How to Ensure a Smooth Disciplinary Hearing


We have already canvassed in previous blogs the importance of a disciplinary hearing (“Hearing”) being held before any employee is dismissed, to ensure procedural and substantive fairness.


Planning for possible Hearings is prudent.


Having a Disciplinary Code (“Code”) in the workplace is a useful tool. It allows the employer to set out for the employees, in advance, what the potential sanction will be in respect of each particular form of misconduct, should the employee be found guilty of that particular offence. For example, a first offence of unauthorised absenteeism will result in a verbal warning. But a first offence of gross insubordination will result in a final written warning.  A Code also helps to ensure substantive fairness.


The Code should be freely accessible to all employees, and it is recommended that this be posted within the workplace where employees can access it with ease.


Once an employee is perceived to have committed an offence, arrangements need to be made for the Hearing to be convened. The Hearing should always be held within a reasonable time of the alleged offence. In instances where the alleged offence is so severe that the employee is suspended pending the outcome of the Hearing, employers must ensure that the employee is remunerated as per the employment contract during the period of suspension.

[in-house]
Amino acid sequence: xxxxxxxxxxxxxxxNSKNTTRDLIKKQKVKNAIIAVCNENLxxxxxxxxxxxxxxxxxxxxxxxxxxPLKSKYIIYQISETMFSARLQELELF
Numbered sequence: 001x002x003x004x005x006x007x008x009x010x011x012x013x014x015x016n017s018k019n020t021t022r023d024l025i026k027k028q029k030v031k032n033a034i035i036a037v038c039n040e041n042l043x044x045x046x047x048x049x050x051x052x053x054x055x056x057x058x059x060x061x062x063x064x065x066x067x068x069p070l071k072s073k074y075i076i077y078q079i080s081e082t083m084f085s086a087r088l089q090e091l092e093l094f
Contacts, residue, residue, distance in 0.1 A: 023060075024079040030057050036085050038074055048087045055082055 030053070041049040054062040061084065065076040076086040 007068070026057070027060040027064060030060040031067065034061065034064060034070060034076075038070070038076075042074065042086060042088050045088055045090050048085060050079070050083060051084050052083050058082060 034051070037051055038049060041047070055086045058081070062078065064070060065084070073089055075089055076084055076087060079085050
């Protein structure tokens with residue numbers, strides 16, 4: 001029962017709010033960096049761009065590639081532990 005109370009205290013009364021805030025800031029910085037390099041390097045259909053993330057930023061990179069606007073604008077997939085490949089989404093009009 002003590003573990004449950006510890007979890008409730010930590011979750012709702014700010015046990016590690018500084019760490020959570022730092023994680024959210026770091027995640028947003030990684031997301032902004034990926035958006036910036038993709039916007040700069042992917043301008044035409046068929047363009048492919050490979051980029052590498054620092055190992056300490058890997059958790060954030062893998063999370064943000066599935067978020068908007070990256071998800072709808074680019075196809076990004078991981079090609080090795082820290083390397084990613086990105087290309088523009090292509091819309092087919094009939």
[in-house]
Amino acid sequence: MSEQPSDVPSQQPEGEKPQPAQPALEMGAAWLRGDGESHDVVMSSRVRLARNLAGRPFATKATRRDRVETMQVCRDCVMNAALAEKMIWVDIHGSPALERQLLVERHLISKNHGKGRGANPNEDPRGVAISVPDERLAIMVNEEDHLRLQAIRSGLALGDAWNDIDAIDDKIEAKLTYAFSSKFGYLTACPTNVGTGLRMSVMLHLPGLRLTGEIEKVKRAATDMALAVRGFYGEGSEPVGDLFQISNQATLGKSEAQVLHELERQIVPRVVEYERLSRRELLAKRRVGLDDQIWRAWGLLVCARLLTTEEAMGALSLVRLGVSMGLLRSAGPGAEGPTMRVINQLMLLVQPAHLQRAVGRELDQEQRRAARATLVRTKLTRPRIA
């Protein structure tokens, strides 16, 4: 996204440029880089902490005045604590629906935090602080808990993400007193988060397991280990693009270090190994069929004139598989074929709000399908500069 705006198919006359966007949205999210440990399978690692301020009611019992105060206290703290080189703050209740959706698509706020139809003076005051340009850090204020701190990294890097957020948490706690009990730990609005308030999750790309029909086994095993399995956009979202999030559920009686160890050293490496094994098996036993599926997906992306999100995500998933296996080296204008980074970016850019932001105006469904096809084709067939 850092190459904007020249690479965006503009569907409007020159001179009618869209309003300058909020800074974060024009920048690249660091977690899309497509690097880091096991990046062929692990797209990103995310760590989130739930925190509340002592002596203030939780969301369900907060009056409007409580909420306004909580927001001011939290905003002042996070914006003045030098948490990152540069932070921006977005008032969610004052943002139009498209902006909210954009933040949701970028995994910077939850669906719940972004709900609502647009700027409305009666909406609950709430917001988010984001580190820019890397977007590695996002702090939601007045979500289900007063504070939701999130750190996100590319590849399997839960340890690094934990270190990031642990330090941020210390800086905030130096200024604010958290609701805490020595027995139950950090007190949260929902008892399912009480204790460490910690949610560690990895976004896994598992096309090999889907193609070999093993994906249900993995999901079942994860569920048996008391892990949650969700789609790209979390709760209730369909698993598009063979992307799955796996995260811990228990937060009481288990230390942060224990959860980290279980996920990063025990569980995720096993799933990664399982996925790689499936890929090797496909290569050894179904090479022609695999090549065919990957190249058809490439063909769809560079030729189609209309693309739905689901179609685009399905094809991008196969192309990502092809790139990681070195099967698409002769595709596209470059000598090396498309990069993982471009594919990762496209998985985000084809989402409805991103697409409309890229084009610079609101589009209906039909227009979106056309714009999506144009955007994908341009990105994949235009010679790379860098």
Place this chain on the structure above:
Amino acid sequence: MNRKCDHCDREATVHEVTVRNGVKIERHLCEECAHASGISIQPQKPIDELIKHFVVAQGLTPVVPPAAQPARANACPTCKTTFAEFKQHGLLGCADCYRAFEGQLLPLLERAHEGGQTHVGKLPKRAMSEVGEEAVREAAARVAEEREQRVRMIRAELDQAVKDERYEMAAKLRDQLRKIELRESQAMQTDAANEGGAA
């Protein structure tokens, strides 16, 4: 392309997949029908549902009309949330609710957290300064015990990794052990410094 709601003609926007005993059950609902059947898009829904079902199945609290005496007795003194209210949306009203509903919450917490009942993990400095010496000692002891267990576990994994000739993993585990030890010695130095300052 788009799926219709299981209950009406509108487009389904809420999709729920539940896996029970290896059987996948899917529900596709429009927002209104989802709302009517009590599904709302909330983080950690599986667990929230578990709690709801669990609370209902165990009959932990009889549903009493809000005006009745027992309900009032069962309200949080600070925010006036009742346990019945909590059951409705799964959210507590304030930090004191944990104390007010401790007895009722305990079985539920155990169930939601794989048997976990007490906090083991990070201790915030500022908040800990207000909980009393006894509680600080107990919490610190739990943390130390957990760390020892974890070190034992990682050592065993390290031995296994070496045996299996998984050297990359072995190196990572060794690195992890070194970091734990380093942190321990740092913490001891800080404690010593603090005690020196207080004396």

The Notice calling the employee to the Hearing should clearly set out the charges which the employee is facing. This provides the employee with sufficient information to be able to answer and respond to the allegations. The Notice should clearly state the date, time and venue for the Hearing, and inform the employee of his / her rights in regards to the Hearing. Most importantly, the right to have an interpreter assist him/her and to be represented by a fellow employee or union representative if applicable.

The Hearing should be chaired by a neutral third party, and many employers utilise the services of employer organisations or attorneys to chair the Hearings in order to ensure objectivity and that the correct procedure is followed.


Whether you are the initiator, representing the employer, or you are the employee facing the charges, it is always important that you prepare properly for the Hearing.


On the date of the Hearing, you must ensure that you have your documents and evidence in order and know which witnesses you intend to call to assist in proving your case.

To find out more about how we can assist you with your labour disputes and internal policies and contracts, contact our Labour specialist Claire Delport.